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Mini indies raise the stakes

Smaller distribs increase budgets to keep pace with studios' specialty arms

At last week’s Gotham Awards, three tables in the center of the room whooped and shouted louder than everyone else.

ThinkFilm execs and “Half Nelson” cast members applauded as their addiction drama won for best feature, director and breakthrough actor. The kudos came just a day after the movie earned five noms for the Film Independent Spirit Awards, including one for best feature.

IFC and First Look also received best feature Spirit noms, helping to turn it into a red-letter season for both companies.

But the limelight comes just as these companies’ business models are poised to change.

Traditionally, indie distributors make many low-budget wagers with modest B.O hopes. But Think, IFC and First Look have declared their intentions to, essentially, move into the hit business.

And who can blame them? Marketing and other costs continue to escalate, while access to private-equity money is easier than ever. There’s a growing temptation — and pressure — to go bigger.

So indies are spending more (budgets sometimes above $10 million), boarding projects earlier and seeking more stars, all in the hope of a breakout.

In other words, they’re playing the specialty division game.

“The argument is that there’s a level underneath the Fox Searchlights because the specialty pictures have gotten so much bigger. There’s a $7 million-$12 million stratum to look at,” says Jonathan Dana, executive producer of “You Kill Me,” a Ben Kingsley mob comedy from John Dahl that is IFC’s first push into the territory; company boarded the $10 million movie while it was in post-production, buying all U.S. rights.

Of course, it’s a risky model. Even specialty division pics can be risky. And indies are without the deep pockets and marketing muscle of a studio.

The indie distribs say they won’t abandon their traditional models; even in the few months since they’ve announced their plans, IFC has made smaller buys like the New Zealand feature “Out of the Blue,” and ThinkFilm has said it will continue to make the usual type of pick-ups, like the recent purchase of the Matt Ruskin docu “The Hip-Hop Project.”

Still, their ambitions run deep.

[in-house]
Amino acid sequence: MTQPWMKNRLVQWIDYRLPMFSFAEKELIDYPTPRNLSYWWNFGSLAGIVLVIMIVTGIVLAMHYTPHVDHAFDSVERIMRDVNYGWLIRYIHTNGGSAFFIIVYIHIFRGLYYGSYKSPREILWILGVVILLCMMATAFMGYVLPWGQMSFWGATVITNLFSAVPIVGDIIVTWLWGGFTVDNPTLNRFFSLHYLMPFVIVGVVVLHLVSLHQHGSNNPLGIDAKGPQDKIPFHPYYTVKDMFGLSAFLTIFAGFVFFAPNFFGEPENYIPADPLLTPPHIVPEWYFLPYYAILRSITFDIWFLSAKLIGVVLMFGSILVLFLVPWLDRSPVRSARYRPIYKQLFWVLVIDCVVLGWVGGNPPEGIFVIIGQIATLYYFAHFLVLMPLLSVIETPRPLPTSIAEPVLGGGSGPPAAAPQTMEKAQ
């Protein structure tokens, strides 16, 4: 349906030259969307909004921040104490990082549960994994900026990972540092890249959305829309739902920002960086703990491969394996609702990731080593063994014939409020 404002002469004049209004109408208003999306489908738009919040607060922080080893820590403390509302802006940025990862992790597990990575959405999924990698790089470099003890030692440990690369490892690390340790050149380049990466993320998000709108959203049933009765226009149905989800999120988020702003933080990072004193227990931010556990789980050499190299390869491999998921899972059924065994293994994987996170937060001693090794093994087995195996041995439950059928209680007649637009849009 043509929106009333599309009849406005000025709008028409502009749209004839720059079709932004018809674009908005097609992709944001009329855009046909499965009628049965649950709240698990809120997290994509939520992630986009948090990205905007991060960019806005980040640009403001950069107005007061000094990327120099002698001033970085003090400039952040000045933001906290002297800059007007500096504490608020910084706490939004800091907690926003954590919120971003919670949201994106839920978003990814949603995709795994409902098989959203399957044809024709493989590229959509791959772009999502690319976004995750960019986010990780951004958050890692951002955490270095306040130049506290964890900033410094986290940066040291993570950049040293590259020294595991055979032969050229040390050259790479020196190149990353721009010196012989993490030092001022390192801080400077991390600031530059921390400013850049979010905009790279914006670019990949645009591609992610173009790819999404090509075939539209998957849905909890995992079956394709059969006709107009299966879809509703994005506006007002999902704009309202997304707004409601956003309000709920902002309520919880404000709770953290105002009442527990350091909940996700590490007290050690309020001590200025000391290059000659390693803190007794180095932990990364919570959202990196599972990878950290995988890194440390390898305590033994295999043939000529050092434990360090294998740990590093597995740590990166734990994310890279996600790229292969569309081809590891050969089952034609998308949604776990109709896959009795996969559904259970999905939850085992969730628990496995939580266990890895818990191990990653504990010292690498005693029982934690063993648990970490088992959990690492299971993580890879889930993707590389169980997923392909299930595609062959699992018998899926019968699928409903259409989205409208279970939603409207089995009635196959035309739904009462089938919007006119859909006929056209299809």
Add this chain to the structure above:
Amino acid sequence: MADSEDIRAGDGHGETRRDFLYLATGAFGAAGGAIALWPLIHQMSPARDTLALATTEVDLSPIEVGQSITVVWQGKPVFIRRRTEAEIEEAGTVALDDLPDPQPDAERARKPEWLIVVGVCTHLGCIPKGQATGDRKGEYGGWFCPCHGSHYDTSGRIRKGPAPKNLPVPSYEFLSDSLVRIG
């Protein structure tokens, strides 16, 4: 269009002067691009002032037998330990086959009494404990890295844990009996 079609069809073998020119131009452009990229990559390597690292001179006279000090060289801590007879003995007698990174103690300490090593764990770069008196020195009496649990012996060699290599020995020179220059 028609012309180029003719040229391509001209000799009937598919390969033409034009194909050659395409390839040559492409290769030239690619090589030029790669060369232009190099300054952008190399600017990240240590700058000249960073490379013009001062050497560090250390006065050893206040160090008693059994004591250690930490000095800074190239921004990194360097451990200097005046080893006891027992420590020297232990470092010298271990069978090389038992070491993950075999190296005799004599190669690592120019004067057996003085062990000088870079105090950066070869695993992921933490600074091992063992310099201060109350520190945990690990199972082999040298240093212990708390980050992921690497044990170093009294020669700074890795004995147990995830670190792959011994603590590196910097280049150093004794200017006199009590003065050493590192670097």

Under new owner Henry Winterstern First Look has locked up an $80 million credit facility with Merrill Lynch for what it hopes will be an annual slate of six to 12 movies. It recently entered a heated race with Focus for global rights to the Fernando Meirelles project “Blindness.” (Focus won.)

First Look is also trying to succeed where studios have failed, reviving a “Three Stooges” project that Warners once developed with the Farrelly brothers.

Meanwhile, under new ownership that joins it with U.K. sales and financing shingle Capitol Films, ThinkFilm hopes to release between two and four movies per year in the $5 million-$10 million range, and make more pre-buys financed with global presales.

The company that released “Murderball,” “Spellbound” and “Born Into Brothels” strenuously wants to avoid being known as “the documentary distributor.”

And even as IFC begins filling its First Take label with boutique, sub-$1 million fare, the Rainbow Media division has announced it will release as many as six movies per year budgeted from $4 million-$10 million.

“You have a decision whether to go smaller or bigger,” says IFC Entertainment prexy Jonathan Sehring. “We decided to do both.”

These moves are also motivated by lean times in the finished film market. As the studios board projects earlier, film festivals become fallow ground for those seeking projects with breakout potential.

“I don’t want to be at the mercy of the marketplace,” says Mark Urman, ThinkFilm’s U.S. distribution chief. “I don’t want to have to worry that if I come home from Toronto without a film I fell in love with I have nothing to release.”

Still, bona fide hits are never easy to come by. Despite solid word-of-mouth, critical raves and growing awards buzz, “Half Nelson” has earned a modest $2.7 million at the box office. And the studio’s specialty shingles seem to take up more oxygen every year.

Focus is deep in production on several big projects after a banner 2005. The Weinstein Co. is on a slate-building buying spree. Fox Searchlight is expected to be in growth mode after the runaway success of “Little Miss Sunshine.” Paramount Vantage and Warner Independent have been going through ambitious revamps.

History shows that ambitious indie companies can find themselves struggling — or scrambling to find cover behind a niche. After pursuing a similar model in the ’90s, Lionsgate was perceived as financially vulnerable before it hit on the “Saw” franchise and the horror niche.

The goal — “to be a specialty division without a parent company,” as Urman puts it — is easier said than done. Studios have large homevid arms and pay TV deals to take the burden off box office. Indies generally don’t.

Still, each will try to use its particular strength. Sehring notes that IFC is a part of a company larger than several studios. Think now has more of an option for foreign pre-sales. And because First Look is involved in production — its first big project is Tommy O’Haver’s “An American Crime” — it can wind up with a larger stake in films.

But the realities of what’s needed to compete aren’t lost on the indies.

“The arthouse divisions at the studios will always beat us if we go head-to-head,” says First Look Pictures prexy Ruth Vitale, who should know as a veteran of the specialty divisions.

“But we’re still going to try to get the next Fernando Meirelles picture.” She pauses. “Or we’ll just find the next Fernando Meirelles.”